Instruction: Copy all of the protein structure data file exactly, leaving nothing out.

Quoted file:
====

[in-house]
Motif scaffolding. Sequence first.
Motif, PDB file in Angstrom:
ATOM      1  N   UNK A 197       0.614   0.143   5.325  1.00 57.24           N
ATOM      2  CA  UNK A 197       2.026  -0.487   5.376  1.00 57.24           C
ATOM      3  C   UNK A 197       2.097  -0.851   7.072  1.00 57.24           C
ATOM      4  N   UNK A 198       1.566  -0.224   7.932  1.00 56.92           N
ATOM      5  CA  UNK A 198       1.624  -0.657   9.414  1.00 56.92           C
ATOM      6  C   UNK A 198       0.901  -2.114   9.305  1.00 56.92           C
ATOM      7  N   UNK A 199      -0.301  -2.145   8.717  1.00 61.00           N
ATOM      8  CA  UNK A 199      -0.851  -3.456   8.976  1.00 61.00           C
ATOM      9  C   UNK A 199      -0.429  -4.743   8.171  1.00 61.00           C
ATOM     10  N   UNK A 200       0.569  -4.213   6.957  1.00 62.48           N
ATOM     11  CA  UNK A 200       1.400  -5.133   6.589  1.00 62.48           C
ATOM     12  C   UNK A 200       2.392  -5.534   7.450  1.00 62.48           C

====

[in-house]
Motif scaffolding. Sequence first.
Motif, PDB file in Angstrom:
ATOM      1  N   UNK A 197       0.614   0.143   5.325  1.00 57.24           N
ATOM      2  CA  UNK A 197       2.026  -0.487   5.376  1.00 57.24           C
ATOM      3  C   UNK A 197       2.097  -0.851   7.072  1.00 57.24           C
ATOM      4  N   UNK A 198       1.566  -0.224   7.932  1.00 56.92           N
ATOM      5  CA  UNK A 198       1.624  -0.657   9.414  1.00 56.92           C
ATOM      6  C   UNK A 198       0.901  -2.114   9.305  1.00 56.92           C
ATOM      7  N   UNK A 199      -0.301  -2.145   8.717  1.00 61.00           N
ATOM      8  CA  UNK A 199      -0.851  -3.456   8.976  1.00 61.00           C
ATOM      9  C   UNK A 199      -0.429  -4.743   8.171  1.00 61.00           C
ATOM     10  N   UNK A 200       0.569  -4.213   6.957  1.00 62.48           N
ATOM     11  CA  UNK A 200       1.400  -5.133   6.589  1.00 62.48           C
ATOM     12  C   UNK A 200       2.392  -5.534   7.450  1.00 62.48           C